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More financial pain for CVC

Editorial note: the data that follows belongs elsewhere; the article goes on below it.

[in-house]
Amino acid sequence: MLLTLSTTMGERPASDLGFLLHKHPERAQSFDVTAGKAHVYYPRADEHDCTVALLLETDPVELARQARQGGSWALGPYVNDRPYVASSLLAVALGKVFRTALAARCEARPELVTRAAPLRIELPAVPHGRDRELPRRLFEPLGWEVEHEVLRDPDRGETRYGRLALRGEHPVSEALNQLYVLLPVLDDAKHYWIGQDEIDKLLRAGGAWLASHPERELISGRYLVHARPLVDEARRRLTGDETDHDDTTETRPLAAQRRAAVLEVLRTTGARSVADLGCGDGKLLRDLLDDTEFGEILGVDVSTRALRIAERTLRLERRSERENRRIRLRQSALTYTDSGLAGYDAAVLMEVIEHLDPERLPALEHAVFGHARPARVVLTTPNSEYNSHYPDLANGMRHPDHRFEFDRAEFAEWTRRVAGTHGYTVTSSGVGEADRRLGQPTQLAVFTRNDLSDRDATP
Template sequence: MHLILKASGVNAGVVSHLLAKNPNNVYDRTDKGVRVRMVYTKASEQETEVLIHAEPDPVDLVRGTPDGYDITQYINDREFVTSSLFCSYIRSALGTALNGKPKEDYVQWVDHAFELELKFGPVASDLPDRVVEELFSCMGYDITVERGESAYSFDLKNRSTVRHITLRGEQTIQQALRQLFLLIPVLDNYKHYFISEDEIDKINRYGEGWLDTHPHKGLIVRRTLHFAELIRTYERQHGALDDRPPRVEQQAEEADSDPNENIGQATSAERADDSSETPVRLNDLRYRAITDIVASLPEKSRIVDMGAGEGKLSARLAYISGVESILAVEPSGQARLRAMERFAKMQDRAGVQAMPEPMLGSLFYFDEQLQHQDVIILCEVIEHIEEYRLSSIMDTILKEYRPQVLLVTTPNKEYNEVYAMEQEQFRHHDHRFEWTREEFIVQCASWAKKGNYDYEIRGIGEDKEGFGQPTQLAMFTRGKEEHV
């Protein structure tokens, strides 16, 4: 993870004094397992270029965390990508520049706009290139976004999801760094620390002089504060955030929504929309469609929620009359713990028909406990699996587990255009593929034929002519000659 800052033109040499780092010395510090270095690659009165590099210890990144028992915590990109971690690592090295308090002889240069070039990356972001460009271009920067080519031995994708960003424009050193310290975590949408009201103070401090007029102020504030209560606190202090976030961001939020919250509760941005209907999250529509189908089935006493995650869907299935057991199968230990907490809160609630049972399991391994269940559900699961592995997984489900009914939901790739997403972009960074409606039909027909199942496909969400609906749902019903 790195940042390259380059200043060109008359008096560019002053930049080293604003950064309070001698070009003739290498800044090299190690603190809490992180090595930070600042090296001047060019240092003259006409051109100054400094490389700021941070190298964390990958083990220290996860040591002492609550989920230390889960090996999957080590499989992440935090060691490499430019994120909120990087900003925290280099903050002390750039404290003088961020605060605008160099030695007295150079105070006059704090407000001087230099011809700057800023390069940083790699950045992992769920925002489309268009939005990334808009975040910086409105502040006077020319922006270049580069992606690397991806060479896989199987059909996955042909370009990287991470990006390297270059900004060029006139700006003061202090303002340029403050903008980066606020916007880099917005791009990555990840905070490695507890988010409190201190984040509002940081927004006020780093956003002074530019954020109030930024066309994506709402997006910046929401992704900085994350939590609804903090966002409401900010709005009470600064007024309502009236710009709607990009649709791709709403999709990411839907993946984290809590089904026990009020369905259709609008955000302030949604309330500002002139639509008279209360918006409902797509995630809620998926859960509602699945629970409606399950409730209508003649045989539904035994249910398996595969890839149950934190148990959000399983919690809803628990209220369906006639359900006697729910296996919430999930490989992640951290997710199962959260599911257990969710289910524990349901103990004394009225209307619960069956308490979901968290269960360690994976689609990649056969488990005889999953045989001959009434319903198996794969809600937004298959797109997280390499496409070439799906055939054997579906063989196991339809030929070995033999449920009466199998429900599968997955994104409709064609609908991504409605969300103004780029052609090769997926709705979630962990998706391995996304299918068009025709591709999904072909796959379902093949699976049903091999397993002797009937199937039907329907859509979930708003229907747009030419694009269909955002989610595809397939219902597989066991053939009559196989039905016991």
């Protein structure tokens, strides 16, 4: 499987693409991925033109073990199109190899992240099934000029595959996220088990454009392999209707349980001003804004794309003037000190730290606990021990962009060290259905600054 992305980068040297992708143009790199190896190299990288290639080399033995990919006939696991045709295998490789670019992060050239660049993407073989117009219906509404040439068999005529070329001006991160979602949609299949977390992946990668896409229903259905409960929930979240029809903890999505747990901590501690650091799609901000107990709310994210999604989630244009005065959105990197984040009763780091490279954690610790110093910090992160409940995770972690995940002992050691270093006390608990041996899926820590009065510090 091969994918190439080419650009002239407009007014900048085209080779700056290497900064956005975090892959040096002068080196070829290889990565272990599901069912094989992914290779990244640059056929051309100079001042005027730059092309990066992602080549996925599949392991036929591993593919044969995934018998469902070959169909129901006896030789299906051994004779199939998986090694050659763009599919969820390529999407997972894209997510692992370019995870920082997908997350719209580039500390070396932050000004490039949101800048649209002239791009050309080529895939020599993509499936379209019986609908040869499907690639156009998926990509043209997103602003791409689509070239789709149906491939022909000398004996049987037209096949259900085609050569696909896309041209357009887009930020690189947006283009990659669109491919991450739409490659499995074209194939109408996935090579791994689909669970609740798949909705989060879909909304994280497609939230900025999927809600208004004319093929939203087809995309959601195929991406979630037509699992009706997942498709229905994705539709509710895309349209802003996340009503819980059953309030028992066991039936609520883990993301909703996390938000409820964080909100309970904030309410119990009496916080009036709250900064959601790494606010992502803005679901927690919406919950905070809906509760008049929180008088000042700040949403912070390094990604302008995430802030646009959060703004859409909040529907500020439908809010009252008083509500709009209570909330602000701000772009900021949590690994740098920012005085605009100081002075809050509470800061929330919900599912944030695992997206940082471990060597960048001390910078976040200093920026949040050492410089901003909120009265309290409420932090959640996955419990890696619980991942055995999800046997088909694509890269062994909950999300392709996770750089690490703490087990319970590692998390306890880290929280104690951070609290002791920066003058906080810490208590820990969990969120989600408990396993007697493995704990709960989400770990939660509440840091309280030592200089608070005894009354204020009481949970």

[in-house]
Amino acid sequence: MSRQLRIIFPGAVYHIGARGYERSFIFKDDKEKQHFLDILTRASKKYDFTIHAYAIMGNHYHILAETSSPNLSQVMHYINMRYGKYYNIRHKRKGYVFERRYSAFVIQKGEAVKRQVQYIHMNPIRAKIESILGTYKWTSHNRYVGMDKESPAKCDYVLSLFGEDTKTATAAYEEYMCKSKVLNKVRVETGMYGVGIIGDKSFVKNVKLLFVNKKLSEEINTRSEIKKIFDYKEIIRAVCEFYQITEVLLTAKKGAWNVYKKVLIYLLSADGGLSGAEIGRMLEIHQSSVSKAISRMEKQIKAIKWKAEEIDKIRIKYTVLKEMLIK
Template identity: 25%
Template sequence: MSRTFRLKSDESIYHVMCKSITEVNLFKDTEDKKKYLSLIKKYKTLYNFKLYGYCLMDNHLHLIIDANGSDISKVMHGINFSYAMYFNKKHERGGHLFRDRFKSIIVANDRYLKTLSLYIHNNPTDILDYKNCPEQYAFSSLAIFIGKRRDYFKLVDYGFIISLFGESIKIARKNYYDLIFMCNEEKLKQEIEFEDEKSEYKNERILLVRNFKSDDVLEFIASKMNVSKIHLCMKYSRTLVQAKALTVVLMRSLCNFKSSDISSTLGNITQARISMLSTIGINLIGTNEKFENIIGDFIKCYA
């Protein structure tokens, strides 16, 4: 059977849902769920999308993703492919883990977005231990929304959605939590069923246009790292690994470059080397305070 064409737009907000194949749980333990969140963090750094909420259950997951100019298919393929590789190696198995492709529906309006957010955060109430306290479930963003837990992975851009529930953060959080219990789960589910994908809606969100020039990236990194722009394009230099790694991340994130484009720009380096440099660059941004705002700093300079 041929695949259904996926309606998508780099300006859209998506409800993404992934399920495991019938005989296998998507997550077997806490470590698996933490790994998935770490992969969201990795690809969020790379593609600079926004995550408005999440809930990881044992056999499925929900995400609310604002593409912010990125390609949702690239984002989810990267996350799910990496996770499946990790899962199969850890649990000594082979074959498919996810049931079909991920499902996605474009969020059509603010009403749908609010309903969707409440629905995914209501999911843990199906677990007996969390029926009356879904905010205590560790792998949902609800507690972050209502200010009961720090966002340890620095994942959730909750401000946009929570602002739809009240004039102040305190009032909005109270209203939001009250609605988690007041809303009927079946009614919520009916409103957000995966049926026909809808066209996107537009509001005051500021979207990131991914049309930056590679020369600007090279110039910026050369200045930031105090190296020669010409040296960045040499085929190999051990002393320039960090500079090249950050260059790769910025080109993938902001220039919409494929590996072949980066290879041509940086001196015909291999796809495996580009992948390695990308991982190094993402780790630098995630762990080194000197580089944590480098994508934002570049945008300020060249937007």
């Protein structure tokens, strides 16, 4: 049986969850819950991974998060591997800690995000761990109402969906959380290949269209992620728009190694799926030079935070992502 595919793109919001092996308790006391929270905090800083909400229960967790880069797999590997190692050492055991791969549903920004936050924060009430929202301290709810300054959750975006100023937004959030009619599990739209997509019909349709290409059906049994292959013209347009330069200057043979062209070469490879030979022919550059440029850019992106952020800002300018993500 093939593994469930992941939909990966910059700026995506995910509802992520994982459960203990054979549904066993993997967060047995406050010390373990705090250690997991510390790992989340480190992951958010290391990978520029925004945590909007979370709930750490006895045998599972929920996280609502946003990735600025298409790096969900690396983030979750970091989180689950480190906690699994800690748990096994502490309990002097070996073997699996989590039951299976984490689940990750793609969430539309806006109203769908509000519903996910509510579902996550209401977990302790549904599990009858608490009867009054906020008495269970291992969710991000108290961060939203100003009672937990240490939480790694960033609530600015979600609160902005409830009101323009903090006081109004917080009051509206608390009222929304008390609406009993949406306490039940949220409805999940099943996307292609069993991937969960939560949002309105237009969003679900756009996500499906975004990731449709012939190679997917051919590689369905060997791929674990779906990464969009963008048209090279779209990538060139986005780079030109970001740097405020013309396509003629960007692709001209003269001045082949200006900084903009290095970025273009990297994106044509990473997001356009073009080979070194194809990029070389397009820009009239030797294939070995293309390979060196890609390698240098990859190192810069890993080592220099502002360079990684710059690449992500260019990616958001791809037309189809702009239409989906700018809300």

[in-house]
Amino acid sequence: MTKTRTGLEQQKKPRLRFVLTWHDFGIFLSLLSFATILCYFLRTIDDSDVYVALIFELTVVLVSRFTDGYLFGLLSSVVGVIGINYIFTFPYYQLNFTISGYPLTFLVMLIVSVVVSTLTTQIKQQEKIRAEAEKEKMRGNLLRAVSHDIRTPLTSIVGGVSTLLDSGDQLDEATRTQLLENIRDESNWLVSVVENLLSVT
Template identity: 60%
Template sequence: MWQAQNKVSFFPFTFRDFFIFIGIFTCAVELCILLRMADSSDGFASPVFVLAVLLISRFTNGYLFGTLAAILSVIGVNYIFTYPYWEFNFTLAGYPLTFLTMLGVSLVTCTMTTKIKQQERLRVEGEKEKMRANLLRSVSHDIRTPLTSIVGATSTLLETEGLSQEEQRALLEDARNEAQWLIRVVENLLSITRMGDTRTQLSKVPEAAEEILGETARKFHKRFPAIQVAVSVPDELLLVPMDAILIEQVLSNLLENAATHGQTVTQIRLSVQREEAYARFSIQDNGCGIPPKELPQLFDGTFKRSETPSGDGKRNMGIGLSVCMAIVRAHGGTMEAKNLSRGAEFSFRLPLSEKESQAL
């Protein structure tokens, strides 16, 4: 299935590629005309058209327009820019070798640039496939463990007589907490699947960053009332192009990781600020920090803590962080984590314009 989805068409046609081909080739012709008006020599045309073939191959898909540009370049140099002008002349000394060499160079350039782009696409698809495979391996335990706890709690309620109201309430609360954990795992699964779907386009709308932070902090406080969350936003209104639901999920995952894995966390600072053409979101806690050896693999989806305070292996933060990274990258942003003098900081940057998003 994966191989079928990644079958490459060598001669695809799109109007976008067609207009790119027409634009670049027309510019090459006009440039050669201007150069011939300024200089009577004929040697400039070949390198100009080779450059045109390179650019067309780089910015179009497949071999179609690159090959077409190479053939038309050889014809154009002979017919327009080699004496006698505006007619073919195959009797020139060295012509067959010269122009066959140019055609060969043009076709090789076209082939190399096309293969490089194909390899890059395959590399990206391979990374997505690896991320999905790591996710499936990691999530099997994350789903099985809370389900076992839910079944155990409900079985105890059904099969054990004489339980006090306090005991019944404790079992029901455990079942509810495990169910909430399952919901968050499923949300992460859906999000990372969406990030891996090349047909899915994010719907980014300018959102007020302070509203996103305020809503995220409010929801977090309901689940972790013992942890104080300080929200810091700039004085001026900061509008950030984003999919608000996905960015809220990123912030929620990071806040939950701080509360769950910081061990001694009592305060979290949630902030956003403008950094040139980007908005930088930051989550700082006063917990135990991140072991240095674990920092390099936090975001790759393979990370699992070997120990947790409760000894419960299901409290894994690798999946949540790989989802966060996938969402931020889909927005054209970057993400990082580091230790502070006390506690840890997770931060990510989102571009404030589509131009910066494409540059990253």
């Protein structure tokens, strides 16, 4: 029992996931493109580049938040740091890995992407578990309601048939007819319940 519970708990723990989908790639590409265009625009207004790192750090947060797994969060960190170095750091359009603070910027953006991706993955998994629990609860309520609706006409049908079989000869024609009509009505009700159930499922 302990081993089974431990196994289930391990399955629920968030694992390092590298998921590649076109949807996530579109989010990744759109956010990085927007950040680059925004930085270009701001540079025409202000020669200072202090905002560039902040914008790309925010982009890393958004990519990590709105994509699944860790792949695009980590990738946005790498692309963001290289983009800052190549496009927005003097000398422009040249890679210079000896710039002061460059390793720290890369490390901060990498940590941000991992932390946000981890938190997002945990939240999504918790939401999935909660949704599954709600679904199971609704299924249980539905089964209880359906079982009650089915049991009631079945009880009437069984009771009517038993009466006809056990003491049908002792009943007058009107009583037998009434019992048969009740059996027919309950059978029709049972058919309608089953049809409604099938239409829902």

The NSW Government has rejected a second application by Clarence Valley Council (CVC) for financial assistance to remediate its old sewer treatment plants (STP) at Maclean, Townsend and Ilarwill. A letter from the Parliamentary Secretary for Natural resources, Rick Colless MLC, declines the application because “all remaining funds” from the Country Towns Water Supply and Sewerage Program (due to finish on June 30) “have already been allocated to priority projects”. The letter also refers to remediation of the South Grafton STP (the site of the new depot) and notes that a CVC report included as a part of the application “indicated that funding for the demolition work can be met by council’s sewer fund reserves”. However, as it has turned out, this assumption was incorrect, due to the blow-out in remediation costs at South Grafton. A report to be tabled at next week’s meeting indicates that CVC’s sewer fund will have to borrow $2.2million (minimum) in the 2017/18 year and advises that the 1.5 per cent per annum capped increase in water and sewer charges “should be examined” for the 2017/18 budget. It also proposes a total of $4.68million in various deferrals of sewer fund projects for this and the next financial years. At the February council meeting, councillors received a report outlining the cost of remediating the former South Grafton STP, which stated that the “costs currently total $6.976million” and that the “remediation works will have an impact upon Council’s sewer fund”. “Analysis is presently being undertaken with regard to possible deferral of some capital projects, to enable suitable cash flow for the remediation of the South Grafton site,” the report stated. At next week’s council meeting that analysis will be tabled. Next week’s report states that the cost of remediation for the four STPs is “$3.303 million and potentially $4.701 million” higher than the previously estimated and “will result in a cash-flow shortfall in 2017/18 and 2018/19”. The crux of the report to council on the Lower Clarence STPs states that “if NSWEPA require all contaminated material to be removed from the three sites, the additional cost will be $1.746 million (ex GST)”. This is “$1.398 million above the current budget allocation (not including any other variations)” and is “not included in the 2016/17 budget”. The report to council also discusses a November 2015 resolution that capped sewer and water fund increases to a maximum of 1.5 per cent, per year, for five years. “This resolution resulted in a real decrease in sewer fund income in 2016/17, as the increase in charges was below inflation, and will result in a further real decrease in sewer fund income in 2017/18,” the report to council states. At the time this decision was taken it was meant “to partially offset the impact of a Special Rate Variation (SRV)”. Now that an ongoing SRV has been rejected by councillors, the report advises that “the capping of increases in sewerage charges should be examined as part of the 2017/18 budgetary process”. If the status quo remains, the report to council advises that “preliminary financial modelling for the Long Term Financial Plan, based on the $3.303 million increase, indicates that in 2017/18 the sewer fund will need to borrow $2.2million”.